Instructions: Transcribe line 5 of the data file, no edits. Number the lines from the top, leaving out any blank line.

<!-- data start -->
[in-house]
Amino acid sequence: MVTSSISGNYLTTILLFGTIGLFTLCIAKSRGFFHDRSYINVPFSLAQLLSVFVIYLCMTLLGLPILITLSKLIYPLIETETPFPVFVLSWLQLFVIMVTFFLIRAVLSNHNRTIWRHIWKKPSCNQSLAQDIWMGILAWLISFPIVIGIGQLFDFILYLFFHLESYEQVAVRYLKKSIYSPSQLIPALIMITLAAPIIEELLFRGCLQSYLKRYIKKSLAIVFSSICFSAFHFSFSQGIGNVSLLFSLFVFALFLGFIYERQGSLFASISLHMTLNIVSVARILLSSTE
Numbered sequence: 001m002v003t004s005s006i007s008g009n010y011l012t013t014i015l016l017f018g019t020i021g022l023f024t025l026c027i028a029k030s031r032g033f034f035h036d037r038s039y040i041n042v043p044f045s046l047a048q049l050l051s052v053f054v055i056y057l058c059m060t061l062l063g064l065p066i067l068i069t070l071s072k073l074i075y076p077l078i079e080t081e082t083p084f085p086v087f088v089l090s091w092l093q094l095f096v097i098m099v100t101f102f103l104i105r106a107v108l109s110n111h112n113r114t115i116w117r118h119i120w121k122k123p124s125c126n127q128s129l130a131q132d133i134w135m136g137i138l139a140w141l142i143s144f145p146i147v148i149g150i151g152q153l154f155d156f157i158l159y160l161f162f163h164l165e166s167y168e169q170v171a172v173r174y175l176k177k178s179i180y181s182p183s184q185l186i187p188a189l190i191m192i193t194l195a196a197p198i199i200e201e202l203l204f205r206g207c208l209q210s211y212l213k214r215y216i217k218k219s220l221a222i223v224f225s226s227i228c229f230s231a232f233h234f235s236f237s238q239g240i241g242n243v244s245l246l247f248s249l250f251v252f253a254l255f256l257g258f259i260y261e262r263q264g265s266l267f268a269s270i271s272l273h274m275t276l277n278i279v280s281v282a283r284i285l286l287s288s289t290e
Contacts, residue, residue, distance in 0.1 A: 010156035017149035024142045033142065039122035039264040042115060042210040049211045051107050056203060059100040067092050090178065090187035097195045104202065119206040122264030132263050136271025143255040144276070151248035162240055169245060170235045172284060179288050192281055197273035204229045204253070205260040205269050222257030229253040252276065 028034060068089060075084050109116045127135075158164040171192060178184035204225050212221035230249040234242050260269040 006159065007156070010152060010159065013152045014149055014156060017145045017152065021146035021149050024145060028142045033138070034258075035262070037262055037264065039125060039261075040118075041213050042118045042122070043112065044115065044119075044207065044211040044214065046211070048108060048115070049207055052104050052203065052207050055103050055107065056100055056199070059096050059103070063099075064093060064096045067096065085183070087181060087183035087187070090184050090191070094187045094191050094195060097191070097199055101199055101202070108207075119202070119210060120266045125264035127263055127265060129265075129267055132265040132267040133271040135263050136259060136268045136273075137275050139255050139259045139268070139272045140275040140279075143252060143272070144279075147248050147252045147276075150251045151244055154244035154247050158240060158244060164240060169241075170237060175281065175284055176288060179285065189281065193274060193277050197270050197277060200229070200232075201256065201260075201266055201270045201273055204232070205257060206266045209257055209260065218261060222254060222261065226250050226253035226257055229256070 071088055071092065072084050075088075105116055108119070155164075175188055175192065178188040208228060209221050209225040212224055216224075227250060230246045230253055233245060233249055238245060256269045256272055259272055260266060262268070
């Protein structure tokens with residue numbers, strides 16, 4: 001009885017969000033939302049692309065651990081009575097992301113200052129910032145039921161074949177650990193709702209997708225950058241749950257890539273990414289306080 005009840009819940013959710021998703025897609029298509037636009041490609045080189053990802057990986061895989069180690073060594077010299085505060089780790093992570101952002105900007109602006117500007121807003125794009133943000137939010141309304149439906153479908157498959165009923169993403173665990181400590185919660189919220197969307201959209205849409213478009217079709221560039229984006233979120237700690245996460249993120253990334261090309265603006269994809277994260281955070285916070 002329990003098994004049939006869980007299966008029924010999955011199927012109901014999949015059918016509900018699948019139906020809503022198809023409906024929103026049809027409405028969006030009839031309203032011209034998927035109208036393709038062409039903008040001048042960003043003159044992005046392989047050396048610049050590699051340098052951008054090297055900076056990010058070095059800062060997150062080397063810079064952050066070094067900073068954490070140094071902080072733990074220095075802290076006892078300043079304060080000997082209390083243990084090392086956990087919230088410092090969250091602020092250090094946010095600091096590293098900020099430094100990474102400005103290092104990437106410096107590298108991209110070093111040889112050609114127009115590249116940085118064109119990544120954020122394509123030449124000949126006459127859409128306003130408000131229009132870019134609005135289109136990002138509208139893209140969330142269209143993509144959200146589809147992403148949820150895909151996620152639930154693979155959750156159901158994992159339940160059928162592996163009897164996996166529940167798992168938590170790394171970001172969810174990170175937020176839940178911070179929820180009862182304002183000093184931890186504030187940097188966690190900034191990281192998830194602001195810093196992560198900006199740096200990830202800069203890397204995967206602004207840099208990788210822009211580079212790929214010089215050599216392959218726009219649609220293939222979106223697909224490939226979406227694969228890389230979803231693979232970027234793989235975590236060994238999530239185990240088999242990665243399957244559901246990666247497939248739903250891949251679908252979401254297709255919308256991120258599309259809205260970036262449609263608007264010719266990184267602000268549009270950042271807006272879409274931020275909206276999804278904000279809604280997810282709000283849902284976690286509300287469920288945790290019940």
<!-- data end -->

């Protein structure tokens with residue numbers, strides 16, 4: 001009885017969000033939302049692309065651990081009575097992301113200052129910032145039921161074949177650990193709702209997708225950058241749950257890539273990414289306080 005009840009819940013959710021998703025897609029298509037636009041490609045080189053990802057990986061895989069180690073060594077010299085505060089780790093992570101952002105900007109602006117500007121807003125794009133943000137939010141309304149439906153479908157498959165009923169993403173665990181400590185919660189919220197969307201959209205849409213478009217079709221560039229984006233979120237700690245996460249993120253990334261090309265603006269994809277994260281955070285916070 002329990003098994004049939006869980007299966008029924010999955011199927012109901014999949015059918016509900018699948019139906020809503022198809023409906024929103026049809027409405028969006030009839031309203032011209034998927035109208036393709038062409039903008040001048042960003043003159044992005046392989047050396048610049050590699051340098052951008054090297055900076056990010058070095059800062060997150062080397063810079064952050066070094067900073068954490070140094071902080072733990074220095075802290076006892078300043079304060080000997082209390083243990084090392086956990087919230088410092090969250091602020092250090094946010095600091096590293098900020099430094100990474102400005103290092104990437106410096107590298108991209110070093111040889112050609114127009115590249116940085118064109119990544120954020122394509123030449124000949126006459127859409128306003130408000131229009132870019134609005135289109136990002138509208139893209140969330142269209143993509144959200146589809147992403148949820150895909151996620152639930154693979155959750156159901158994992159339940160059928162592996163009897164996996166529940167798992168938590170790394171970001172969810174990170175937020176839940178911070179929820180009862182304002183000093184931890186504030187940097188966690190900034191990281192998830194602001195810093196992560198900006199740096200990830202800069203890397204995967206602004207840099208990788210822009211580079212790929214010089215050599216392959218726009219649609220293939222979106223697909224490939226979406227694969228890389230979803231693979232970027234793989235975590236060994238999530239185990240088999242990665243399957244559901246990666247497939248739903250891949251679908252979401254297709255919308256991120258599309259809205260970036262449609263608007264010719266990184267602000268549009270950042271807006272879409274931020275909206276999804278904000279809604280997810282709000283849902284976690286509300287469920288945790290019940």